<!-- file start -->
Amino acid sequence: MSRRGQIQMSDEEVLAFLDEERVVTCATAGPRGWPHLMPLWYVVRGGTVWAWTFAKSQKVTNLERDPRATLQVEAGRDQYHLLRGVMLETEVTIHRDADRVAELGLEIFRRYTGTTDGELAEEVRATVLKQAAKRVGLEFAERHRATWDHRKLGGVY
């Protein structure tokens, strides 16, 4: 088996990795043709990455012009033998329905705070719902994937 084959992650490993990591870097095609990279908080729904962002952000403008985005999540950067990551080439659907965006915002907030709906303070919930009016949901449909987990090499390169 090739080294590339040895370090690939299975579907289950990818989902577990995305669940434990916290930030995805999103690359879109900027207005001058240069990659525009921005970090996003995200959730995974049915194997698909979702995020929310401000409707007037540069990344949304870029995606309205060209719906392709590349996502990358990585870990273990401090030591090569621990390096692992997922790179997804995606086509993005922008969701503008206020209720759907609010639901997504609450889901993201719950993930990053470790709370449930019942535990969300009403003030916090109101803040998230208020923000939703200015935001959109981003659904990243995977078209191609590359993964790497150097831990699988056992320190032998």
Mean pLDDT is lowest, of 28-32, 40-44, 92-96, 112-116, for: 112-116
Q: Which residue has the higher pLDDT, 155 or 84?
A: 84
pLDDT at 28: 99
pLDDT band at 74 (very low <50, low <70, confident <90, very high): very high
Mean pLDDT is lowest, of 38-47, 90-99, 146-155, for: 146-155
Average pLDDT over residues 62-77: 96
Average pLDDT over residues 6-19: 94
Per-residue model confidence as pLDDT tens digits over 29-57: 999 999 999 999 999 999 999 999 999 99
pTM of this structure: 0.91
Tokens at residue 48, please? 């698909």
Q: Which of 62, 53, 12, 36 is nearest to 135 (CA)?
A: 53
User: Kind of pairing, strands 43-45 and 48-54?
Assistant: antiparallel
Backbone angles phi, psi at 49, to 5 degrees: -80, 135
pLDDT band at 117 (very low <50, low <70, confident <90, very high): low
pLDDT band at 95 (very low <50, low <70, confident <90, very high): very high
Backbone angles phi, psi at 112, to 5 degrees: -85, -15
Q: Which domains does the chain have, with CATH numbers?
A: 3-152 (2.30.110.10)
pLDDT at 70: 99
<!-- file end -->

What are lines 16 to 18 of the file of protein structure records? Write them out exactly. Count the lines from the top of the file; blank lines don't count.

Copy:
User: Kind of pairing, strands 43-45 and 48-54?
Assistant: antiparallel
Backbone angles phi, psi at 49, to 5 degrees: -80, 135